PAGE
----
The Explanation of Kites by forrests


									The Explanation and Design of Kites
By: Jarin and Ricky

Table of Context

By: Ricky and Jarin

Slide 1: Title Page Slide 2: Table of Context page Slide 3: The Introduction Slide 4: The Design of the Tubular Kite Slide 5: The Visuals of the Tubular Kite Slide 6: Design and Visuals of the Large Plane Kite Slide 7: The Visuals of the Large Plane Kite Slide 8: The Man Lifting Kite Slide 9:The Box Kite Slide 10: The History of Kites in America Slide 11: The History of Kites in China Slide 12: The History of Kites in Thailand

Ricky and I started this project not really knowing what we were going to get into. The idea of making a kite seemed easy; we all make paper kites when we were little. So after doing a little bit of research we both realized that there were so many designs of different kites out there: the box kite, the tubular kite, the kite parachute and so many more. Ricky and I decided that we didn’t want to make the normal basic tape, scissors and a role of newspaper kite. We wanted something out of the ordinary but still make able. So we choice the tubular design kite. This kite (which is described in slide 4 * refer to table of context) is a simple yet unique design, that is said to be used widely throughout the world. We hope you enjoy this slide and the many interesting fact that come along with it. Thank you.

The Design of the Tubular Kite
 This

design of kite has been tested before and has been found to be effective.  It is a rather easy design with a rectangular shape, and interesting flying patterns.  This design is said to be widely used in the world.

The Visuals of the Tubular Kite
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This is a design of the kite we have built. We used this picture to compare it to our model. Fig. 1 (Top of picture) is the what the final product is supposed to turn out.

Design and Visuals of the Large Plane Kite
This diagram is of the Large Plane Kite.  It has a box figure which makes its flight a lot like a plane.  This is a fairly easy kite to make.

The Visuals and Design of the Kite Parachute.
This is what most common kites look like.  They are sold all over the world.  This design is one of the easiest kites to make and fly.

The Man Lifting Kite

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This is a very powerful kite that can lift little kids off the ground. The wind will get under the kite and push it up I wouldn’t recommend giving this as a Birthday present

The Box Kite
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This is a very different design. Its purpose is to be light. The kite is very light and must be handled very carefully. A note ( don’t fly in heavy winds.)

The History of Kites in America
Kites have been used for practical purposes as well as for pleasure. The American scientist Benjamin Franklin experimented with kites to investigate electricity, and kite studies were also made by the American physicist and inventor Alexander Graham Bell. Beginning in the 1890s and continuing for about 40 years, box kites were used for sending meteorologic instruments aloft to measure wind velocity, temperature, barometric pressure, and humidity. In the late 19th and early 20th centuries, kites were used for lifting military observers to heights from which they could observe the disposition of enemy forces. During World War II (1939-1945), kites were also used as gunnery targets. Present-day applications include their use as signals in air-sea-rescue operations.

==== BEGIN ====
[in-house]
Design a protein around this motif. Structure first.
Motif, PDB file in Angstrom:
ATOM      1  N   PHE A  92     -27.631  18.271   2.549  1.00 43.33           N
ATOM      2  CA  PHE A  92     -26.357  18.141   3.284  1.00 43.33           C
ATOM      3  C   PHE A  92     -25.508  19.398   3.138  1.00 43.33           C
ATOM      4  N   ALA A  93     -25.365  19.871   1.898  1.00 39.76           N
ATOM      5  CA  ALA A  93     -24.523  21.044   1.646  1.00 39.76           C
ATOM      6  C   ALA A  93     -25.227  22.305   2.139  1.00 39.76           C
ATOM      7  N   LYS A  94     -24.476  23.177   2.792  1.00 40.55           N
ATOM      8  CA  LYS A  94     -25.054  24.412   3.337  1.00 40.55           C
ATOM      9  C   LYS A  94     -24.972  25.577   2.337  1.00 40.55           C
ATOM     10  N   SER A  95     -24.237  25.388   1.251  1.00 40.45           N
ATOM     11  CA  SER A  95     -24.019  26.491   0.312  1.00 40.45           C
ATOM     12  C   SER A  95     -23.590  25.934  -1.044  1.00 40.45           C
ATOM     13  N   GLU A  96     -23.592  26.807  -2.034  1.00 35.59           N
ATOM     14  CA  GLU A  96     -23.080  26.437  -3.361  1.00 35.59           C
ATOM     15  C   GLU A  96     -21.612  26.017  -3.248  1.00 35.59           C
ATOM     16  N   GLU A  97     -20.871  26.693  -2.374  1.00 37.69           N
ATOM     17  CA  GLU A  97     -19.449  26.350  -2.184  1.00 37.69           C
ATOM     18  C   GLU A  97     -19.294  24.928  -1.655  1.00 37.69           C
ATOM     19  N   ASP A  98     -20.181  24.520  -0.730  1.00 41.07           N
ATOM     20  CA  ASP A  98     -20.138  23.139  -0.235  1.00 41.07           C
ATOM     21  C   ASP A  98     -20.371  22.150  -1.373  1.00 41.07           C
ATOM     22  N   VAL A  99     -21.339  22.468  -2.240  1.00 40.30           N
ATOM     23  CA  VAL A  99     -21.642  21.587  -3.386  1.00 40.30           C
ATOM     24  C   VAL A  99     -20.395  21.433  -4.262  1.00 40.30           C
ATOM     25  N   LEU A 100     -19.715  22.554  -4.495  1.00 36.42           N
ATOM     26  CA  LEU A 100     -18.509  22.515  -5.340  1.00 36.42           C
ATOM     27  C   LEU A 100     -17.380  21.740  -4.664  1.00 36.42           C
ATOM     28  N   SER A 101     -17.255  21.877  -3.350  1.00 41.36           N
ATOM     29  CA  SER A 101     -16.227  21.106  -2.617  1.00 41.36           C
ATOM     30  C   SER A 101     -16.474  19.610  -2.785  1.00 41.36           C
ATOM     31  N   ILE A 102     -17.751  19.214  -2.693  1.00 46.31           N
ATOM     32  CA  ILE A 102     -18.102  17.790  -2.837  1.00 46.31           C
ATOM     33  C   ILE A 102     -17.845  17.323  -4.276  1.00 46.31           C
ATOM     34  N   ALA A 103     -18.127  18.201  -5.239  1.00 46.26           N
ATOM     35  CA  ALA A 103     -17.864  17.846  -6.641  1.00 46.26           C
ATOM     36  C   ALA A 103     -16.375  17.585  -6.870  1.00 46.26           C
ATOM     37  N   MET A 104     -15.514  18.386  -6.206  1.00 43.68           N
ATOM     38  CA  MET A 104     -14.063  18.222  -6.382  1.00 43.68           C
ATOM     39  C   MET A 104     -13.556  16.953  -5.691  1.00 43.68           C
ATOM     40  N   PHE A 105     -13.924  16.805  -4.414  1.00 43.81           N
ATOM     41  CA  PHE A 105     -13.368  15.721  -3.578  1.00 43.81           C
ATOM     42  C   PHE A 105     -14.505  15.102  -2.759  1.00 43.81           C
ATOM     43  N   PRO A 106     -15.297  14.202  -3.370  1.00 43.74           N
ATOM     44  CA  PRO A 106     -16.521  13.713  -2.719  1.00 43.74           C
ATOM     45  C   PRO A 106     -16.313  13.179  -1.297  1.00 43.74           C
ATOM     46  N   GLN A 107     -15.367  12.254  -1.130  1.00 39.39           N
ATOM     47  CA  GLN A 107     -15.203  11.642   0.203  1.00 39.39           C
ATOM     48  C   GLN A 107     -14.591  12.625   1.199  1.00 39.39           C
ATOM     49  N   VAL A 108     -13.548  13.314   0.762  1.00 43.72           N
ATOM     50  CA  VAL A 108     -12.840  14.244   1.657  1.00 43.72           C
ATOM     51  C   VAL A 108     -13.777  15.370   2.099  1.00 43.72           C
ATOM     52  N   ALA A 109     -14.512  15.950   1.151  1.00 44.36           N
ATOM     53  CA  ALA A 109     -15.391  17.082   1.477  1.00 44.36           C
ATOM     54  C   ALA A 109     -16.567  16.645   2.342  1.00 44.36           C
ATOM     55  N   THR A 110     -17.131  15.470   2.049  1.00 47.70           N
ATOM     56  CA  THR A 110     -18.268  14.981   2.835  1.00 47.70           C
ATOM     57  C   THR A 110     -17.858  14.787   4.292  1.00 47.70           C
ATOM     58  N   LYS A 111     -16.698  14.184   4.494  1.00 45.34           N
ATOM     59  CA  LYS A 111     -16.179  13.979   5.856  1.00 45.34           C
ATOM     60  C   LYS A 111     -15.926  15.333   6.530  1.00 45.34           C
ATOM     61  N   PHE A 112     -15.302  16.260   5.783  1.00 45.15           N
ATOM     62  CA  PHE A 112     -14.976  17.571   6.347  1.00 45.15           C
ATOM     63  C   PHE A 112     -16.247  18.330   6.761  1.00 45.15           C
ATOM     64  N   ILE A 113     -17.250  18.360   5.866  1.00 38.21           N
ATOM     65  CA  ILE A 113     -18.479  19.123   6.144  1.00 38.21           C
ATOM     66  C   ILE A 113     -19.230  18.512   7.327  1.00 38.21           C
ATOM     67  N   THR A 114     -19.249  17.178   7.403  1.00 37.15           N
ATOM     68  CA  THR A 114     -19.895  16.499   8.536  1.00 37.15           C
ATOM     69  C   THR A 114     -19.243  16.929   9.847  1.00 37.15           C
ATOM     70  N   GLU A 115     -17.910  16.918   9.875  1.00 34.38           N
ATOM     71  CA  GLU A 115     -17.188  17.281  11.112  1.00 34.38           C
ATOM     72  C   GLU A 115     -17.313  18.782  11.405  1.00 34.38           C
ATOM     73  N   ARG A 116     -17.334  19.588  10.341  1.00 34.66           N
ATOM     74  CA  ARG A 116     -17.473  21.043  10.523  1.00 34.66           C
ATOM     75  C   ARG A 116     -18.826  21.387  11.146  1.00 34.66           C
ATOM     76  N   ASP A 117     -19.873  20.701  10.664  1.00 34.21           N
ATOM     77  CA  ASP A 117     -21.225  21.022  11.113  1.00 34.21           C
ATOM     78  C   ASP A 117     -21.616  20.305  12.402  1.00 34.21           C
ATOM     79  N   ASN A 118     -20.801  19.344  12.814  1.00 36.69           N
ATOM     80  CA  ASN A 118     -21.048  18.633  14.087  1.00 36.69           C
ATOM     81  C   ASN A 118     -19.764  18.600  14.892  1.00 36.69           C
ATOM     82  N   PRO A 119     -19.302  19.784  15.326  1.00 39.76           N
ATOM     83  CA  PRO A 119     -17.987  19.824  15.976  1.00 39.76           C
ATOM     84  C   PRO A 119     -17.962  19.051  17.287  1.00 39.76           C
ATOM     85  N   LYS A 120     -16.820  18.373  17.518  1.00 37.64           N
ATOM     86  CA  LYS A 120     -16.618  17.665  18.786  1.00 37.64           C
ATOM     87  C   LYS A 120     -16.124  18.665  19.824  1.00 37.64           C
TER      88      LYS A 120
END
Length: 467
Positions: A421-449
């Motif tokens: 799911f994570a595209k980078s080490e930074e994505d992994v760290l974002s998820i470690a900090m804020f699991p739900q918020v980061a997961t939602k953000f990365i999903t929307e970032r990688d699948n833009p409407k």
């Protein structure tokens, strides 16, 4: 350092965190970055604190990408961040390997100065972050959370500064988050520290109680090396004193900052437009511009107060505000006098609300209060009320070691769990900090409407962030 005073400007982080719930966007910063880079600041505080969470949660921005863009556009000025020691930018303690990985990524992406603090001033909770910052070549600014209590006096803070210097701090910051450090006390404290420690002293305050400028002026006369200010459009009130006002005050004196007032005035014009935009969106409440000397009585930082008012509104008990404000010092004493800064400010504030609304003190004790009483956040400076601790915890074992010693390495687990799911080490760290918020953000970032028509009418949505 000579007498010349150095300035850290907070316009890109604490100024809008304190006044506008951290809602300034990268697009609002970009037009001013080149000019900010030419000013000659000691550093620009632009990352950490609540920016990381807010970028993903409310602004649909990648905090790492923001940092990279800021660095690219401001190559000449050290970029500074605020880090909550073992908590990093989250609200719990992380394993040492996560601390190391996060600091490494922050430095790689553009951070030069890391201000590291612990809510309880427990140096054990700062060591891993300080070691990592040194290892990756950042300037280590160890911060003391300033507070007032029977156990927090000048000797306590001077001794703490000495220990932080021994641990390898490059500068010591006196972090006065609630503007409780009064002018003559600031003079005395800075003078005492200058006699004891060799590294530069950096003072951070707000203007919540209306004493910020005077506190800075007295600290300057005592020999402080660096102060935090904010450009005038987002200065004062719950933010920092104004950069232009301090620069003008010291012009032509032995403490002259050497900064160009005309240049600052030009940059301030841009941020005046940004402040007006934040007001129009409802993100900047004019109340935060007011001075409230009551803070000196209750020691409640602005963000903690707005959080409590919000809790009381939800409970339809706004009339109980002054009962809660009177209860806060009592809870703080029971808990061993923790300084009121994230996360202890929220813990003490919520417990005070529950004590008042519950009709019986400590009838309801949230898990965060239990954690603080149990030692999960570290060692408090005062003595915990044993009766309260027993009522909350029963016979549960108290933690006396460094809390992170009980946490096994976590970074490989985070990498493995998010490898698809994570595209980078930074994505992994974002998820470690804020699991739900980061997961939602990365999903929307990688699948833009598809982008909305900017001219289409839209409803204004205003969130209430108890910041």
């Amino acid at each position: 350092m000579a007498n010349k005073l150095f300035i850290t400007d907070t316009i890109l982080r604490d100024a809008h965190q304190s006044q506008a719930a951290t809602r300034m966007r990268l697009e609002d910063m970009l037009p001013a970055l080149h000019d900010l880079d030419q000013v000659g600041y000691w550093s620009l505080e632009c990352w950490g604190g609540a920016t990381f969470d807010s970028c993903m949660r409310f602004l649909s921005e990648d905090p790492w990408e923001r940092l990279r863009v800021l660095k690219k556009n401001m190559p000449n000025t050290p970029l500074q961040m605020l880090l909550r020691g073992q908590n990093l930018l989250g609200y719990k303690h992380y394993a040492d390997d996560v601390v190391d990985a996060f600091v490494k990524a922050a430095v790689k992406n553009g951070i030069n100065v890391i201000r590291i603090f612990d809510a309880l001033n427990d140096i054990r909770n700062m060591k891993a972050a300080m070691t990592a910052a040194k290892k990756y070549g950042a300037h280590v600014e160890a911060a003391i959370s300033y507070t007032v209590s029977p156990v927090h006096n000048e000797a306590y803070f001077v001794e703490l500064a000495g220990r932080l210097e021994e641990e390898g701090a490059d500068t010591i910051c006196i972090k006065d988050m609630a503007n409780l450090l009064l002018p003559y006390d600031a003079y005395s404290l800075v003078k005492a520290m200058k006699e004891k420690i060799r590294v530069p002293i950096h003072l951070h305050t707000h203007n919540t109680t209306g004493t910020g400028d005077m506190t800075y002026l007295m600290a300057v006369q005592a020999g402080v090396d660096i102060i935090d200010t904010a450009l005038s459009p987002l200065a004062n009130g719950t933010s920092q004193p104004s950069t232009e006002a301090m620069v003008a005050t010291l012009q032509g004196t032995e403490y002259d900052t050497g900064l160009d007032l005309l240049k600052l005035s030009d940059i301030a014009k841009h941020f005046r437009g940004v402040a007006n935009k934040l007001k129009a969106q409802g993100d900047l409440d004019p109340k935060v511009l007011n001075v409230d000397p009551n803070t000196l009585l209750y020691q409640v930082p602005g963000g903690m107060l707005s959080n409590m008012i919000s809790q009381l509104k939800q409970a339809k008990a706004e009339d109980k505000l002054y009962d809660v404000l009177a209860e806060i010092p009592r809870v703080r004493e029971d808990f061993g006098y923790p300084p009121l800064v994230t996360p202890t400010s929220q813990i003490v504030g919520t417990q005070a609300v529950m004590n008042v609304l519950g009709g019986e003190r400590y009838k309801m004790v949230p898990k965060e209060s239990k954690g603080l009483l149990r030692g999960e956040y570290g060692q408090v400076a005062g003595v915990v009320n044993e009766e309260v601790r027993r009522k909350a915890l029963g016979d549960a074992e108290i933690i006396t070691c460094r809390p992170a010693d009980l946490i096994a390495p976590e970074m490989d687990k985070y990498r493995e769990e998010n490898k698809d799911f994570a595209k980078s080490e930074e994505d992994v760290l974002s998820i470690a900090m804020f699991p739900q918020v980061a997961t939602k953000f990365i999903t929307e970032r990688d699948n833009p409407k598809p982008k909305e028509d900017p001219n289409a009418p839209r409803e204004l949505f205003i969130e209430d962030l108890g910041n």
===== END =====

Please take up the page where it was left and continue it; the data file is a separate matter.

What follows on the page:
The History of Kites in China
Kites were once called "Zhiyuan" in North China and "Yaozi" in South China. The current name "Feng-Zheng" came into use during the Five Dynasties. People used to make and fly kites in the imperial court. They put a bamboo whistle on the kite and made a "zhong" song while the kite was flying. This was how the Chinese name of kite originated. Chinese history shows that one of the ancient Chinese philosopher, Mo Di, used to fly a kite 2400 years ago. Mo Di spent three years to make a wooden eagle; this may be the earliest kite in the world. The story goes, Mo Di passed on his kite making designs to his student, Lu Ban, who replaced wood with bamboo to make kites. It was said that his kite could be flew in the sky for three days. In ancient China, people also used kite for military purposes. They used kites to spy enemy's movement and deliver military information. Kites also came into existence in China as means of leisure activity probably in the Tang Dynasty, it was very popular among the emperor and his aristocrats. Following the invention of paper and improvement of kite making skills, kite flying became a popular leisure activity among the ordinary people. Some scholars even pointed out that the invention of kites had inspired human's to fly in the sky, which led to the invention of airplane.

History of Kites in Thailand
One of the earliest legends of flying a kite tells about King Phra Ruang. It began during the day when he was flying his kite and the sting broke. The kite landed on the roof of the palace owned by Phra Aue. King Phra Ruang didn’t want to be embarrassed so he waited till dark to retrieve his kite. While searching for the kite, he remembered Phra Aue had a beautiful daughter. So instead of staying up and searching for the kite he stayed in the room of the daughter. Thailand also used kites in military battles. King Petraja would tie kegs of gun powder to a large kite and fly it over rebels. The kite was also used in sporting events, eventually being named a national sport by King Vajiravudh. In Thailand there are two different kites: the Chula (male) and the Pakpao (female.)

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Work Cited
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